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I’ll confess that, beyond the little nursery rhyme, I didn’t know too much about the story of Lizzie Borden, but it appears that much of what’s ended up in Craig William Macneill’s Lizzie is conjecture. So to catch you up to speed in case you never heard it, here goes: Lizzie Borden took an axe, gave her mother forty whacks. When she saw what she had done, she gave her father forty-one.
The resultant mess from this bit of New England gothic folklore are some of the first images in this gripping, well-acted and sharply-written low-budget drama. We then flash back six months, just enough time for Macneill to get audiences … well, I won’t exactly say cheering for the eventual act of violence, but at least understanding.
The Borden House is one of the wealthiest in their small Massachusetts town. Though it’s 1892, Andrew (Jamey Sheridan) has yet to have set up electric lights. “Father prefers it in the dark,” Lizzie says to a gossipy women when she goes out – unescorted! – to the theater one night.
Lizzie, a marvelous role for the abundantly talented Chloe Sevigny, is gasping for breath in that house, but her father is strict and her stepmother (Fiona Shaw) and older sister Emma (Kim Dickens) do little for her desire to be independent. Lizzie suffers from occasional fainting spells, and that’s all the excuse one needs for a woman to be considered unfit to make any of her own decisions. Quite frankly, the women with no illnesses don’t seem to fare much better. “We live in this world and not another,” a character later says about the preposterous idea that two women in love could ever live together on their own.
That woman is the new maid, Bridget (Kristen Stewart). Fresh from Ireland, she’s immediately dubbed “Maggie”, just to keep things simple. Lizzie, however, calls her by her real name, then starts teaching her to read. Just as Bridget gets into the rhythm of her work, Andrew suggests she keep her door open at night to let the air circulate. He proceeds to climb the stairs and, grotesquely, encourages her to “be a sweet girl”. There is no way for Bridget to refuse his advances.
The main stretch of Lizzie is a slow burn, showcasing the many insidious ways the cruel abuses of power (patriarchal power, specifically) can break the human spirit. When Lizzie and Bridget finally share an intimate moment it is one of the few glimpses of tenderness in an otherwise brutal film. But it just spells further doom for these two characters.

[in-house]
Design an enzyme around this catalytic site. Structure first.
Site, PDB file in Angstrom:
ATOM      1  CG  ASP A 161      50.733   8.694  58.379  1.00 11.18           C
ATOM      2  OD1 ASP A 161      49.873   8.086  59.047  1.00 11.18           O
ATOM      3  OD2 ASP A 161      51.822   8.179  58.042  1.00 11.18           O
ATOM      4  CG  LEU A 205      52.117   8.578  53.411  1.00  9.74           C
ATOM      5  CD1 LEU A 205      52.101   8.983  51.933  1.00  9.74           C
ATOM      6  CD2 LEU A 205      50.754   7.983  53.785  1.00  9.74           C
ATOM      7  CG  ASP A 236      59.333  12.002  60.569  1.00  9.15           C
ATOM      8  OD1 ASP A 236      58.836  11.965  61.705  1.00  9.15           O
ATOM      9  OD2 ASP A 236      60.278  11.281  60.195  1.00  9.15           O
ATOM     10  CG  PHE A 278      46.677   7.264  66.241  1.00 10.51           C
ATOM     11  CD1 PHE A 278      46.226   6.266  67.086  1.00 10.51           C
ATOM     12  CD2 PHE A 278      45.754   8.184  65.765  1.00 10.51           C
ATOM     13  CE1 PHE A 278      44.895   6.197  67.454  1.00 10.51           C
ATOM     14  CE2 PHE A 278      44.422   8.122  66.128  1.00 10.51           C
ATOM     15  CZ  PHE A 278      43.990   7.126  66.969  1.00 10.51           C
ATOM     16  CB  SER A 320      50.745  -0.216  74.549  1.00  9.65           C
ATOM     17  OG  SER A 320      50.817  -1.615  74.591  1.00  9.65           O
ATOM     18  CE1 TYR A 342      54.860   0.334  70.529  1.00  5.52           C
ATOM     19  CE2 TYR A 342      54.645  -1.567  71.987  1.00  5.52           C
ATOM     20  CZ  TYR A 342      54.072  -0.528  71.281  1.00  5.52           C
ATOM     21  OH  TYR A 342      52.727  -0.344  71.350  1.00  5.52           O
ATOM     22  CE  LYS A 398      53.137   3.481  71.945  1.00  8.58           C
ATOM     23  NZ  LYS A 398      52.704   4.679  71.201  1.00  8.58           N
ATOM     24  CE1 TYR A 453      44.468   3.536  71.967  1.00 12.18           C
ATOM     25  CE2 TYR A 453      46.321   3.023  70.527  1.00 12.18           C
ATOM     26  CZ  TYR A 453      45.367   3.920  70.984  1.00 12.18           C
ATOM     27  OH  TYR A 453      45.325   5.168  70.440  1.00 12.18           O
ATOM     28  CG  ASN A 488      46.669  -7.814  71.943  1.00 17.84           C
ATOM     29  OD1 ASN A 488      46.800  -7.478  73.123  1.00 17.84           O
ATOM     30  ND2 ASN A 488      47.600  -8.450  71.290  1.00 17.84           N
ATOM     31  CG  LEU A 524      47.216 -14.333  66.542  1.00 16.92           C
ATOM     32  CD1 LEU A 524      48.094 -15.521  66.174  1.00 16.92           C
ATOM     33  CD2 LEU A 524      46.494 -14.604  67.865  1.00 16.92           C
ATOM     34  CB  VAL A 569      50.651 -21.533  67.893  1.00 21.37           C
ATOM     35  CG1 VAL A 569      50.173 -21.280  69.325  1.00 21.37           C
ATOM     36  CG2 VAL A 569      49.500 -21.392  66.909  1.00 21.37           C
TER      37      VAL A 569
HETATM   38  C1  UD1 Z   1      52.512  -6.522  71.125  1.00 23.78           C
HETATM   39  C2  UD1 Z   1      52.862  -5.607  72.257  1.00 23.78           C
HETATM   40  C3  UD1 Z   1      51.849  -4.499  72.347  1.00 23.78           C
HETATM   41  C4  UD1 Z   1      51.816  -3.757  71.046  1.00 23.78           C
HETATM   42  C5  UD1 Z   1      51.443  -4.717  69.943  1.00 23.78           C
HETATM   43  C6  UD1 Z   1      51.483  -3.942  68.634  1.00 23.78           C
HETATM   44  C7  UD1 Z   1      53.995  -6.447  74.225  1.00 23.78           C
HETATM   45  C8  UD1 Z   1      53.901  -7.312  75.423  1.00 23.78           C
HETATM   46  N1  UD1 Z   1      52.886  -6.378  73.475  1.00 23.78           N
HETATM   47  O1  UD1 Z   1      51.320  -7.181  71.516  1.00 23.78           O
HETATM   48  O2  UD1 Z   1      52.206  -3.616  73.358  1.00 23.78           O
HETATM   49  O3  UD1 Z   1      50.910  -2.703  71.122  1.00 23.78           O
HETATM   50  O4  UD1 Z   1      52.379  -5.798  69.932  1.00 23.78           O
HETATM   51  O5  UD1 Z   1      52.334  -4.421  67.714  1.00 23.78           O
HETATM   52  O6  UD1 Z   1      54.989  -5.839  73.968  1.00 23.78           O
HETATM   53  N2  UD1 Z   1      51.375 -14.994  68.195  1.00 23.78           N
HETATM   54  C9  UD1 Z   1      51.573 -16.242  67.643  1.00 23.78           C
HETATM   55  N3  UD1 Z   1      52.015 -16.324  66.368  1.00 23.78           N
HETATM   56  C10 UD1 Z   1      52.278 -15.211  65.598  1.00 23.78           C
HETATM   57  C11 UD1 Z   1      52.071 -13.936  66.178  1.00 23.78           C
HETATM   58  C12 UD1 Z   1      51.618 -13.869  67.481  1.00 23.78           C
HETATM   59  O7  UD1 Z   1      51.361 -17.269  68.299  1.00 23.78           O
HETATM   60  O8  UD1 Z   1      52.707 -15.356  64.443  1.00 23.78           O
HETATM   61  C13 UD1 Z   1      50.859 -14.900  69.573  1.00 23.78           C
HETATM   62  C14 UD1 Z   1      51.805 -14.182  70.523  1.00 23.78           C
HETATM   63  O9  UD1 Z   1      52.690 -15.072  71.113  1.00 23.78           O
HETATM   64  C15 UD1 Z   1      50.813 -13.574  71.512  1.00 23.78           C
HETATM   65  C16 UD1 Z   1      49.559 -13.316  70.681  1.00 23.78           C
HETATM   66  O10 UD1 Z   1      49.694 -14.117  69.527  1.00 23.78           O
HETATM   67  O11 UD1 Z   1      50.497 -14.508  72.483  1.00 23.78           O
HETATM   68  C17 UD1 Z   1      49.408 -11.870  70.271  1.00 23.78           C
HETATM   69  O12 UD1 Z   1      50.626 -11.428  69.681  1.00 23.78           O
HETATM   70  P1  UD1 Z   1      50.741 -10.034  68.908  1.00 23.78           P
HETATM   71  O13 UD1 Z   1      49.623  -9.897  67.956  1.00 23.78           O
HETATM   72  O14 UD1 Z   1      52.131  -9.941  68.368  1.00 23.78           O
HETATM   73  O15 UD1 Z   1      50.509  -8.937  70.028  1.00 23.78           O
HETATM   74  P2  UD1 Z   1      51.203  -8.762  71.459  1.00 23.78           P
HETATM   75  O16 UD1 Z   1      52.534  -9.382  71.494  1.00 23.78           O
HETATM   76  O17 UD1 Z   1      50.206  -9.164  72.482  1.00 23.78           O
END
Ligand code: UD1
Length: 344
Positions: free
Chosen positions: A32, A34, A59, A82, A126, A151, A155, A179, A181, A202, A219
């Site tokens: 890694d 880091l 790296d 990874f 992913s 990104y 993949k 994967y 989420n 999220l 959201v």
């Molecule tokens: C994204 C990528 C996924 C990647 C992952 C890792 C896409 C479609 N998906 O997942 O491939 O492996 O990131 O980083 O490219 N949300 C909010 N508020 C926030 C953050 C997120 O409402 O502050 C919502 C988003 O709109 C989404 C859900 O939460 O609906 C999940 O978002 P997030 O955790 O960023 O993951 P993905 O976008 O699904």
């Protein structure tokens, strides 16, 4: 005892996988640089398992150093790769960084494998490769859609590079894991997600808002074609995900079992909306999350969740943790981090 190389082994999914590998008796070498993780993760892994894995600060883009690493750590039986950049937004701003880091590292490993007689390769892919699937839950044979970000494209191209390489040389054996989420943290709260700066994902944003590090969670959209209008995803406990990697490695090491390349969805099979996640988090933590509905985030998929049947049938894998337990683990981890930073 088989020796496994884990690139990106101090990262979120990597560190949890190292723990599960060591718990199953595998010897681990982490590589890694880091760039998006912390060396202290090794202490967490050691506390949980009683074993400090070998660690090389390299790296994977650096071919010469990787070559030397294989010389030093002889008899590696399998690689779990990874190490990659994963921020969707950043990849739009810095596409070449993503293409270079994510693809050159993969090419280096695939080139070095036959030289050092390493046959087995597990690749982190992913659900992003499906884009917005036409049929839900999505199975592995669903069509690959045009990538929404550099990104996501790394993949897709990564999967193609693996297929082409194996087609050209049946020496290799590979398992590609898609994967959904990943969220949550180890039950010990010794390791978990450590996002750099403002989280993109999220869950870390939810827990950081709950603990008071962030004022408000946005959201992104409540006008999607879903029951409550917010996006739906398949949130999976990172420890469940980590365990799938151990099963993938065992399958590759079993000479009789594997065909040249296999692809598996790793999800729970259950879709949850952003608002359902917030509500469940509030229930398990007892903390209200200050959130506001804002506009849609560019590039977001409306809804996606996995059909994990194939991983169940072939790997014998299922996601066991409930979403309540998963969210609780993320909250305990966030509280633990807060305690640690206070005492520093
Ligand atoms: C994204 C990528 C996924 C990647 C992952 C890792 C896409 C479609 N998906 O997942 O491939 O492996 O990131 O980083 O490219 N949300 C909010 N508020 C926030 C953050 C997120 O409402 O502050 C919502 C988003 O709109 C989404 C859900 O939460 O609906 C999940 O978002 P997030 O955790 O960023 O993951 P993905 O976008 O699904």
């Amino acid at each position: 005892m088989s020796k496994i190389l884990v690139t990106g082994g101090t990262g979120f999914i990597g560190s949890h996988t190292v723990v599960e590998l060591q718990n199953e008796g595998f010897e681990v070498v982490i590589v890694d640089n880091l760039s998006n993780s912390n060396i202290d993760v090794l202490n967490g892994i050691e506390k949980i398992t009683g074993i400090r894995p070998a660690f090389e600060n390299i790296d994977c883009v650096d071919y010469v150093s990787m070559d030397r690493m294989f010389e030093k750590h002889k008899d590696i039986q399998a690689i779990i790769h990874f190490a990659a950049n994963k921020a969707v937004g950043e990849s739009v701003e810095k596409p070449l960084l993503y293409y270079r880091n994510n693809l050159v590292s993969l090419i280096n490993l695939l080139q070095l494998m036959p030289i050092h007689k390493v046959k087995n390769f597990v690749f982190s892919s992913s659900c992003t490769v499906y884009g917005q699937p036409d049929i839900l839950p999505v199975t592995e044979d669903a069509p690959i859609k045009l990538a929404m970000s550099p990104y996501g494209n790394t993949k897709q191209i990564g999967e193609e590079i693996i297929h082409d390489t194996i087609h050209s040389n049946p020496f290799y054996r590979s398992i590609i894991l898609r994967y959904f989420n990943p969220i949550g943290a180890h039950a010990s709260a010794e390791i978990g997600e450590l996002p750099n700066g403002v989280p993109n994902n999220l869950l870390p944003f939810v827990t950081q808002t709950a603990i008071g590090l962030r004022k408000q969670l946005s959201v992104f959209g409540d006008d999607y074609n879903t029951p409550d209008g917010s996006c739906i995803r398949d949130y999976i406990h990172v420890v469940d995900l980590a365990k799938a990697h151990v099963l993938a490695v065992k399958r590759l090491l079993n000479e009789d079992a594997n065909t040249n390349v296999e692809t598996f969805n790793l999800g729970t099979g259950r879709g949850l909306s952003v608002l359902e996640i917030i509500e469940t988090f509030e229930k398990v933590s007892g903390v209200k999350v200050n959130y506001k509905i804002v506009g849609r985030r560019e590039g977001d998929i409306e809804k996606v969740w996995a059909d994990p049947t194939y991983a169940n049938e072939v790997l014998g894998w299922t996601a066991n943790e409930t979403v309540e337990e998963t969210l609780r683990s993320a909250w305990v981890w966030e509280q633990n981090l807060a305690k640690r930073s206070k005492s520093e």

If the Borden murders went the way portrayed here, well, you’ve got to hand it to Lizzie for thinking it through. I’m not saying it’s right to hack your father’s face past all recognisability, but if you were going to do it, and in an era before you could watch CSI, her scheme was certainly the way to go. Whether you want to applaud when the deed is finally done is entirely up to you.
One thing’s for certain: Sevigny has been ripe for a juicy role like this for some time. It’s a shame she doesn’t get more opportunities. I noticed that Sevigny herself was the first listed producer for the film. Lizzie Borden, if she were to somehow come back as a Hollywood producer, would probably get a kick out of that.
Written by Bryce Kass, Lizzie is an in-depth behind the scenes look into the life of the Borden family six months before the murder of Andrew Borden (Jamey Sheridan) and his wife Abby (Fiona Shaw). Chloë Sevigny stars as Lizzie Borden, a 32-year-old woman whose every move is monitored and controlled by her father, Andrew. Because of this, Lizzie has lived most of her life as a hermit with little to no interaction with anyone outside of her home. Lizzie forms an unlikely relationship with the new maid, Bridget (Kristen Stewart) with whom Lizzie becomes fascinated. The two lonely women quickly become close and form a plan that will release Lizzie from the control of her father.
Whenever there is a Kristen Stewart film playing at a film festival, I go out of my way to see it. Kristen Stewart is one of my favorite actresses, and I admire her work because she takes on roles that are unique, complicated, and stand out. Lizzie was a project that I read a lot about before seeing it. Considering that there have been a least a dozens of films, tv shows, and plays about Lizzie Borden, I was very curious to see how screenwriter Bryce Kass was going to handle telling a story that has been told several times before. I am happy to report that this film is a refreshing and timely take on the Lizzie Borden story with two award-worthy performances and an ending that will leave you speechless.
There is a lot of speculation as to what happened the day of the Borden murders. The majority of Lizzie runtime is spent showing the type of environment that Lizzie grew up in and how her father treated everyone in her household. Sevigny portrays Lizzie as a smart and strong female whose father controls her every move. He is always talking down to her and trying to keep her quiet.
Director Craig William Macneill does a fantastic job of showing how poorly Lizzie was treated and how that treatment ultimately affected her mental state. It is a refreshing to see this because most other stories about Lizzie Borden only focus on how she went crazy without digging into her backstory and showing examples as to why she may have taken matters into her own hands. The real truth is that no one knows what happened at the Borden residence, but the way that Kass tells this story gives Lizzie a voice that hasn’t been given to Lizzie Borden before.
Lizzie in many ways feels like a stage play. There are only a few sets used and the film’s focus is centered primarily on Lizzie and Margaret with Andrew being portrayed as the film’s villain. While the film feels small, the director, DP, and costume designer create a film that is visually stunning. The entire Borden family mansion is so beautifully captured and I loved the use of candlelight in certain scenes. You can tell that this film was a labor of love for everyone involved which could be a reason why Sevigny not only is the lead but a producer on the film as well.
Regarding the story, the film’s first half focuses on the six months leading up to the murders. This is when we are introduced to Bridget and see the dynamic between all the characters. There is a lot of character and story setup within the first half of the film. We get to see scenes like the one where Andrew sneaks into Bridget’s room late at night as well as several confrontations that occur between him and Lizzie.